There is a big difference between being pro-freedom and being pro-business, and the public health debate illustrates this point very well.
Whilst advocates of authoritarian ‘nanny-state’ programmes often like to paint a picture of a battle between a virtuous state and avaricious businesses – and accuse their opponents of cosying up to ‘Big Sugar’ and the like– the reality is much less clear-cut.
In fact, big business is often very happy to collaborate with the government in pursuit of paternalistic objectives. Sometimes they even go so far as to urge ministers to more stringent action than they have already taken, as in 2016 when retailers called for mandatory reductions in sugar levels in foods.
Mike Coupe, the CEO of Sainsbury’s, is quoted as saying that whilst his company had taken some unilateral measures the law needed to go a lot further:
“We need a holistic approach to tackle childhood obesity, including compulsory measured targets across all nutrients – not just sugar – and mandatory traffic light labelling across all food and drink products, regardless of whether they are consumed inside or outside the home.”
Of course, a big company calling for more regulation is nothing new. But in this instance, it doesn’t feel like an effort to raise barriers to entry – at least, not directly. Rather, it looks like the result of a conflict between two competing demands: the expectation, in the age of ‘corporate social responsibility’, that corporations concern themselves with moral issues and the reality, in a competitive market, that Coupe’s customers will not stand for him telling them what to buy.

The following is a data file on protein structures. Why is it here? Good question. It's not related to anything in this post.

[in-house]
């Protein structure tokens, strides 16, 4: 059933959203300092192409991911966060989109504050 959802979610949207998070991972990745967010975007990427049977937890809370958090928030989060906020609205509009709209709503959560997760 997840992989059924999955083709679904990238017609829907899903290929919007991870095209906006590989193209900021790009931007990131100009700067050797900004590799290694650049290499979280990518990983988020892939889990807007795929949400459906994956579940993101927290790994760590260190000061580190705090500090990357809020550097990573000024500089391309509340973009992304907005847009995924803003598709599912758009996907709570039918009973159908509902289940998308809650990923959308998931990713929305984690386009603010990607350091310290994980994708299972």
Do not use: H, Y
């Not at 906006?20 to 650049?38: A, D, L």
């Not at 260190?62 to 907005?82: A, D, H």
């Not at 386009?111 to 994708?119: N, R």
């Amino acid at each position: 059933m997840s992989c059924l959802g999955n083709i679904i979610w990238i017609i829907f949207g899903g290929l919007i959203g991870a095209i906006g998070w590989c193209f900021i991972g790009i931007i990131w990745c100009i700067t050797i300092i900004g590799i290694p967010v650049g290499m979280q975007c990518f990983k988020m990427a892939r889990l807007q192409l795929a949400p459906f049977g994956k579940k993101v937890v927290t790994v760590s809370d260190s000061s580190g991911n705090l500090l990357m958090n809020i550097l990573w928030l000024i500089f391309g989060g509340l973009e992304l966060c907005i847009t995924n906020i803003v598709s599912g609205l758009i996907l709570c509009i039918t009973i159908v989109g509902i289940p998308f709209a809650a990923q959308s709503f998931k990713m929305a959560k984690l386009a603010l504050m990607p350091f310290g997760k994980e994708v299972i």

Functioning markets reward servants, not masters. If Sainsbury’s were to unilaterally slash the sugar content in its sweet products, people who enjoyed those products could simply take their business elsewhere. The only safe way for Coupe and co to adopt a paternalistic stance is for the Government to force all their competitors to do the same.
Nor is this the only way that the public health debate exposes businesses’ limited commitment to consumer choice.Take the response to the sugar tax. Responding to my previous article on the subject, Margot James declared that the great virtue of the sugar tax was not that it priced sugary options out of reach of less well-off voters, but that it effectively took them off the shelves altogether by prompting reformulations to avoid the levy.
From a liberal perspective, of course, having no way of accessing a product is even worse than having an artificially-expensive way of accessing it. But since illiberal politicians are unlikely to be moved by liberal reasoning, the more significant aspect of this statement is what it tells us about the role ‘Big Soda’ is really playing in the public choice/public health dynamic.
With a bare handful of exceptions, the overwhelming majority of soft drinks have seen their sugar content slashed whilst maintaining their price points. When customers took to social media to complain, or to resell pre-tax products at luxury prices, the companies’ PR divisions engaged in Pravda-ish efforts to pretend that everybody loves their new and ‘improved’ recipes.